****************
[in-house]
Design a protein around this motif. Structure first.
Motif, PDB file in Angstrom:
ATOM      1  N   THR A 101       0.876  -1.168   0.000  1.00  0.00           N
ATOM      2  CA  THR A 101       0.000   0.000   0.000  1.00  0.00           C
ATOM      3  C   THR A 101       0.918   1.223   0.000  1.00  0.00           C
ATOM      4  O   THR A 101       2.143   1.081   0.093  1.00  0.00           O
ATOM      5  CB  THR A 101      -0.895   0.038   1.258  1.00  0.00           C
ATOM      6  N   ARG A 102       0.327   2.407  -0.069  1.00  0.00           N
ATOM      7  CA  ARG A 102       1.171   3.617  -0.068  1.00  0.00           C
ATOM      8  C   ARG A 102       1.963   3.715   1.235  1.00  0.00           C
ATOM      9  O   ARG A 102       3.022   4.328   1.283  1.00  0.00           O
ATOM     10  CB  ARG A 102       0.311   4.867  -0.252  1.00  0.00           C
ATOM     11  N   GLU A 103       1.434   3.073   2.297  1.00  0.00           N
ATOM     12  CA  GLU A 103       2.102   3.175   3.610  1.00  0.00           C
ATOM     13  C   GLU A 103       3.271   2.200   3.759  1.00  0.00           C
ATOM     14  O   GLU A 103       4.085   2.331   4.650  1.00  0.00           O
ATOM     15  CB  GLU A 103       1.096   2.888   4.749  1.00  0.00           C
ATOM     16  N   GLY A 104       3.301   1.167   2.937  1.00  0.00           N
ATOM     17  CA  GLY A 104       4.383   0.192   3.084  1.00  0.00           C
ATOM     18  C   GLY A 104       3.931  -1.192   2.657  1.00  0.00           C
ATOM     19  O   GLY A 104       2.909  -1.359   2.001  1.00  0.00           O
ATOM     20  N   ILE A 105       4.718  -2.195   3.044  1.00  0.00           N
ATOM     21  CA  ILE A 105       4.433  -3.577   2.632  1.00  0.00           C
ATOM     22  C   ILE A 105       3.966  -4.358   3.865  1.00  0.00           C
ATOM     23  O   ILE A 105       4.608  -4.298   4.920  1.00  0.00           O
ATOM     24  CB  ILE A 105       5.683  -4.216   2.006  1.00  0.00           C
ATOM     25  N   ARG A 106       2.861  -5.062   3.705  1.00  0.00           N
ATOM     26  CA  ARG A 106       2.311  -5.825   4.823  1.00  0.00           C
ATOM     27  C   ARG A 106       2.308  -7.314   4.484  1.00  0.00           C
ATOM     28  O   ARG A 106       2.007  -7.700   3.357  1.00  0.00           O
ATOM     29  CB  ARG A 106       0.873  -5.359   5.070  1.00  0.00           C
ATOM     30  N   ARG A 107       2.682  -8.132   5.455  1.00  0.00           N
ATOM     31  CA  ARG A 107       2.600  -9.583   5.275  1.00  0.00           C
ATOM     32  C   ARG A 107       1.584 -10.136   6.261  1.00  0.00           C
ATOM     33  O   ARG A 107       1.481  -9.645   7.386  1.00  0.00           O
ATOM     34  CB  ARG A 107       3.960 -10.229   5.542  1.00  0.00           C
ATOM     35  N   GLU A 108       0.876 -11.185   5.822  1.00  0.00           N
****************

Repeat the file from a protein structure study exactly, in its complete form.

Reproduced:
[in-house]
Design a protein around this motif. Structure first.
Motif, PDB file in Angstrom:
ATOM      1  N   THR A 101       0.876  -1.168   0.000  1.00  0.00           N
ATOM      2  CA  THR A 101       0.000   0.000   0.000  1.00  0.00           C
ATOM      3  C   THR A 101       0.918   1.223   0.000  1.00  0.00           C
ATOM      4  O   THR A 101       2.143   1.081   0.093  1.00  0.00           O
ATOM      5  CB  THR A 101      -0.895   0.038   1.258  1.00  0.00           C
ATOM      6  N   ARG A 102       0.327   2.407  -0.069  1.00  0.00           N
ATOM      7  CA  ARG A 102       1.171   3.617  -0.068  1.00  0.00           C
ATOM      8  C   ARG A 102       1.963   3.715   1.235  1.00  0.00           C
ATOM      9  O   ARG A 102       3.022   4.328   1.283  1.00  0.00           O
ATOM     10  CB  ARG A 102       0.311   4.867  -0.252  1.00  0.00           C
ATOM     11  N   GLU A 103       1.434   3.073   2.297  1.00  0.00           N
ATOM     12  CA  GLU A 103       2.102   3.175   3.610  1.00  0.00           C
ATOM     13  C   GLU A 103       3.271   2.200   3.759  1.00  0.00           C
ATOM     14  O   GLU A 103       4.085   2.331   4.650  1.00  0.00           O
ATOM     15  CB  GLU A 103       1.096   2.888   4.749  1.00  0.00           C
ATOM     16  N   GLY A 104       3.301   1.167   2.937  1.00  0.00           N
ATOM     17  CA  GLY A 104       4.383   0.192   3.084  1.00  0.00           C
ATOM     18  C   GLY A 104       3.931  -1.192   2.657  1.00  0.00           C
ATOM     19  O   GLY A 104       2.909  -1.359   2.001  1.00  0.00           O
ATOM     20  N   ILE A 105       4.718  -2.195   3.044  1.00  0.00           N
ATOM     21  CA  ILE A 105       4.433  -3.577   2.632  1.00  0.00           C
ATOM     22  C   ILE A 105       3.966  -4.358   3.865  1.00  0.00           C
ATOM     23  O   ILE A 105       4.608  -4.298   4.920  1.00  0.00           O
ATOM     24  CB  ILE A 105       5.683  -4.216   2.006  1.00  0.00           C
ATOM     25  N   ARG A 106       2.861  -5.062   3.705  1.00  0.00           N
ATOM     26  CA  ARG A 106       2.311  -5.825   4.823  1.00  0.00           C
ATOM     27  C   ARG A 106       2.308  -7.314   4.484  1.00  0.00           C
ATOM     28  O   ARG A 106       2.007  -7.700   3.357  1.00  0.00           O
ATOM     29  CB  ARG A 106       0.873  -5.359   5.070  1.00  0.00           C
ATOM     30  N   ARG A 107       2.682  -8.132   5.455  1.00  0.00           N
ATOM     31  CA  ARG A 107       2.600  -9.583   5.275  1.00  0.00           C
ATOM     32  C   ARG A 107       1.584 -10.136   6.261  1.00  0.00           C
ATOM     33  O   ARG A 107       1.481  -9.645   7.386  1.00  0.00           O
ATOM     34  CB  ARG A 107       3.960 -10.229   5.542  1.00  0.00           C
ATOM     35  N   GLU A 108       0.876 -11.185   5.822  1.00  0.00           N